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National-security expert turns fact into fiction

Presidential aide Richard Clarke unveils his first novel, ‘Scorpion's Gate’
/ Source: Reuters

Dreaming up nightmares is what former national security advisory Richard A. Clarke once did for the U.S. government. Now he’s doing it for fiction readers.

Clarke ended a 30-year Washington career in 2003 with a much-publicized critique of the Bush administration over its failure to heed warnings about the danger of al Qaeda. His tell-all nonfiction book on the subject became a bestseller.

In his new novel released this week, “The Scorpion’s Gate,” Clarke writes about a world pushed to the brink of a nuclear war as a corrupt U.S. Secretary of State tries to restore the deposed Saudi royal family to power.

Clarke says this view of the future isn’t sheer fantasy, but instead is a “reasonable extrapolation from where we are today.”

“I thought another policy book was not going to get through to as many people as a fast-paced thriller -- a book you can pick up at the airport and read on a four-hour flight,” Clarke told Reuters in an interview.

The book has climbed onto the best seller lists in its first week on bookstore shelves, and a Hollywood producer has acquired rights to make a movie. Early reviewers have been mostly favorable  -- though some say the book’s characters talk too much like Washington policy experts.

Sending a warningClarke seems less concerned about winning literary awards than getting his message across that the United States is heading for trouble. In that, he has succeeded, said a USA Today reviewer, who called the book “a red-meat feast for Bush doubters.”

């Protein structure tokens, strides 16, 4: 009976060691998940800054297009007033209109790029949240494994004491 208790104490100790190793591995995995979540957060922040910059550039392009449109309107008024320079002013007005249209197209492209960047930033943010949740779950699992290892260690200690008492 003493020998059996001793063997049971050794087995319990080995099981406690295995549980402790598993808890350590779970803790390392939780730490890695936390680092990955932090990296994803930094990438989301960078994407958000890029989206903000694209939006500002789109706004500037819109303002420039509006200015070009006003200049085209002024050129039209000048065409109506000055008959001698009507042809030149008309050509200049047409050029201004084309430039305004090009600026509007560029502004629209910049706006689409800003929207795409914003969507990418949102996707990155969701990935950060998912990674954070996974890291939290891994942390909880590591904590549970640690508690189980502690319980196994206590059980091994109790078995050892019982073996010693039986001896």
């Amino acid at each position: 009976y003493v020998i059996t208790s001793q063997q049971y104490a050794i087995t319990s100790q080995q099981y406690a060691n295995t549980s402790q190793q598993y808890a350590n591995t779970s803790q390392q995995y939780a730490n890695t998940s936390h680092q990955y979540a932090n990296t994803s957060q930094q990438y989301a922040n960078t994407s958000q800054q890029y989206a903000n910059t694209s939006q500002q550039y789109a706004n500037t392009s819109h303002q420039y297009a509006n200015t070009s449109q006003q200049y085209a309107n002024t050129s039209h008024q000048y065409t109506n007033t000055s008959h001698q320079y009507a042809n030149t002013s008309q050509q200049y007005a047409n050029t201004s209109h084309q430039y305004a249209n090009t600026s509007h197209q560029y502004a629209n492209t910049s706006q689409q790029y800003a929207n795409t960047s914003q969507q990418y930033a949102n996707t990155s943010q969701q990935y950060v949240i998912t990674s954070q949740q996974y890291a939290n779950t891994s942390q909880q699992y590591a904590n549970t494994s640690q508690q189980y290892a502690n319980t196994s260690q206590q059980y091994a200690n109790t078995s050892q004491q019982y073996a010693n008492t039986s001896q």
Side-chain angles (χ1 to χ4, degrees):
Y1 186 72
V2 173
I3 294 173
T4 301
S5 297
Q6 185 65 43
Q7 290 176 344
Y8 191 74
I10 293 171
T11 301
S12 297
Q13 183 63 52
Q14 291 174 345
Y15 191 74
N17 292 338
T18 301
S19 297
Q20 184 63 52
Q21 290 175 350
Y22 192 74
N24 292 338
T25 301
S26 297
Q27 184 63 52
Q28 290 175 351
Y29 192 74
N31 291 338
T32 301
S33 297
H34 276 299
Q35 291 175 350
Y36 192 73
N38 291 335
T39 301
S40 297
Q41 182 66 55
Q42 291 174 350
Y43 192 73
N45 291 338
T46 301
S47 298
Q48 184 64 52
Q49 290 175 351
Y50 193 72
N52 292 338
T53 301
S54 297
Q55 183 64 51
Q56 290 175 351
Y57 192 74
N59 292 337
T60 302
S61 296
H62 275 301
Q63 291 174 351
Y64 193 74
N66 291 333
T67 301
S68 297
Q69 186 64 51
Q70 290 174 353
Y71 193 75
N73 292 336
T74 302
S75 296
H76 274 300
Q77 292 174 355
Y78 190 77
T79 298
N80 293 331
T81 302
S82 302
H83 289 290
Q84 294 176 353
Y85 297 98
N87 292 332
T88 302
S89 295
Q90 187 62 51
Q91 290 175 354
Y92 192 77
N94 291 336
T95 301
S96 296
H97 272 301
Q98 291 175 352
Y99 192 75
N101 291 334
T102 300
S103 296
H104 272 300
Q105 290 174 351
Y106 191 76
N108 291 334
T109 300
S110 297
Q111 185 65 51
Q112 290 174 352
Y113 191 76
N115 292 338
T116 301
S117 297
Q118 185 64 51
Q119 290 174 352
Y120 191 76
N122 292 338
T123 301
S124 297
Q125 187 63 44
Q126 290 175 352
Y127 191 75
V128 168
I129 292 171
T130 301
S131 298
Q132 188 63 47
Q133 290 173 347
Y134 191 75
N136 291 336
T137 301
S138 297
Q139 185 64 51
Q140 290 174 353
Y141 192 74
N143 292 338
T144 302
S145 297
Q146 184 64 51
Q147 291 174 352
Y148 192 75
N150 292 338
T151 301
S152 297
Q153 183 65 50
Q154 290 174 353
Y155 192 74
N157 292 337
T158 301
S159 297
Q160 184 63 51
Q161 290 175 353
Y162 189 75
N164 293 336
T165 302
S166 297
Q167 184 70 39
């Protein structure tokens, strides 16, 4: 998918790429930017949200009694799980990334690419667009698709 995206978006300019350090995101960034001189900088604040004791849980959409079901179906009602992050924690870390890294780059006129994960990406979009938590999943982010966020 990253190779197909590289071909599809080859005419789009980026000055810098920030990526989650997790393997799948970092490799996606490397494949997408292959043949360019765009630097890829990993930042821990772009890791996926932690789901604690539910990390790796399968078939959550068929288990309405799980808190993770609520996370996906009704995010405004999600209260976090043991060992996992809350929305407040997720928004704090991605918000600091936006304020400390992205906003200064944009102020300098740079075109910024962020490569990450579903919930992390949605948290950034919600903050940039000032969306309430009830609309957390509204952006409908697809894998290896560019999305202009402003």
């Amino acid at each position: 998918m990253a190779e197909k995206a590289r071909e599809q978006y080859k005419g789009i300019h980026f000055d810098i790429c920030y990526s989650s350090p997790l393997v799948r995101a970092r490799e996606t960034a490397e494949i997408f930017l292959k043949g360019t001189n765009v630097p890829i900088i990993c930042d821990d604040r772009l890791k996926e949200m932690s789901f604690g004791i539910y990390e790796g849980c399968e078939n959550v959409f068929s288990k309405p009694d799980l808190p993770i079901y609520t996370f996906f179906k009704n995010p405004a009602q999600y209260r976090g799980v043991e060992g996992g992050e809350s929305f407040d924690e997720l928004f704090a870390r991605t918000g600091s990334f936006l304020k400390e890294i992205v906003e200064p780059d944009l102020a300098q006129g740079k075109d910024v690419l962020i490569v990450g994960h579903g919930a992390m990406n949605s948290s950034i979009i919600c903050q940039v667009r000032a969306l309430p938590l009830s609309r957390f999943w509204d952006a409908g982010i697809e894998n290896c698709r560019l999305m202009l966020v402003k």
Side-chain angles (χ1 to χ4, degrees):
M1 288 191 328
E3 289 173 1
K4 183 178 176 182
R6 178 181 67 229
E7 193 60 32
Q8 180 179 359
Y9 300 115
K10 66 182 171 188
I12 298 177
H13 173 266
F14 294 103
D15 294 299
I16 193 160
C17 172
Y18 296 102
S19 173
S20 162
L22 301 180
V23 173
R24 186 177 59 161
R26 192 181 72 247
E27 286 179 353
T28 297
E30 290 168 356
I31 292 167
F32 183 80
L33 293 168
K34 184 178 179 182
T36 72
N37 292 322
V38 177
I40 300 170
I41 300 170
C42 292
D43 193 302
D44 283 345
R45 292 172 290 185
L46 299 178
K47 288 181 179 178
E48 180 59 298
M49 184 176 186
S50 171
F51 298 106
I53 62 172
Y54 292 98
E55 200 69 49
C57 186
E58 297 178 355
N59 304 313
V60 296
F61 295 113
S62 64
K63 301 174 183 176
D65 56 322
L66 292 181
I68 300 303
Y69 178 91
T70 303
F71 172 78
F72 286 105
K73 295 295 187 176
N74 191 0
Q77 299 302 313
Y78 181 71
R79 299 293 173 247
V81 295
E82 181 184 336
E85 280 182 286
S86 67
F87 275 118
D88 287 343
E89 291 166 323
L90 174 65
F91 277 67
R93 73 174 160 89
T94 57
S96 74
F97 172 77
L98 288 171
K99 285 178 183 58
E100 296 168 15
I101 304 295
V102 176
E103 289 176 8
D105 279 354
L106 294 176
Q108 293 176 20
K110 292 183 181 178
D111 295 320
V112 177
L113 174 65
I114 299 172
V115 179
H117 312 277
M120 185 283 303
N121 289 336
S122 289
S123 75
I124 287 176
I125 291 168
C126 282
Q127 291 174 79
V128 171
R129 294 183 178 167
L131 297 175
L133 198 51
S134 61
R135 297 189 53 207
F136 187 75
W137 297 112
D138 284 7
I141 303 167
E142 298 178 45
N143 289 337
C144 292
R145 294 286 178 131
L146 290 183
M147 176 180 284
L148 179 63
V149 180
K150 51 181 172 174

There are no scenes in the book centered on a U.S. president, real or fictional. But its storyline does involve a Middle East thrown into permanent disarray by the Iraq war, and an emerging China fighting with the U.S. over dwindling oil supplies.

“What this book says to readers is ’There are some trendlines in place, and if things go the way they are going this is the world we are going to live in,” Clarke said.

In the new world, Iraq has become a puppet state of an ambitious Iran, now armed with nuclear weapons. Saudi Arabia has been renamed Islamyah, and oil-hungry China is giving the radicals nuclear arms. The deposed Saudis, meanwhile, are paying a U.S. secretary of state handsomely to get them back into power.

Clarke’s story revolves around two intelligence agents --one British and one American -- trying to defuse a nuclear confrontation by reaching out to Islamic dissidents who are willing to help save the world.

The story, he says, is the kind of “visualization exercise ” that goes on all the time in policy circles as strategists work out worst-case-scenarios and prepare for them. “We imagine it now so that those terrible scenarios don’t take place five years from now.”

The Bush administration never had patience for such homework, he said, even though it might have helped head off the Sept. 11 attacks or meant a fast response to Hurricane Katrina that killed more than 1,200 in the Gulf Coast.

In a Washington Post Book review, former senator Gary Hart quips that “Graham Greene and John le Carre are under no threat from Clarke.” But he does have “a flair for action fiction” and his vast experience as a national security expert make him a formidable prophet of gloom.

“Some of us have learned to listen when Richard A. Clarke has something to say,” Hart said.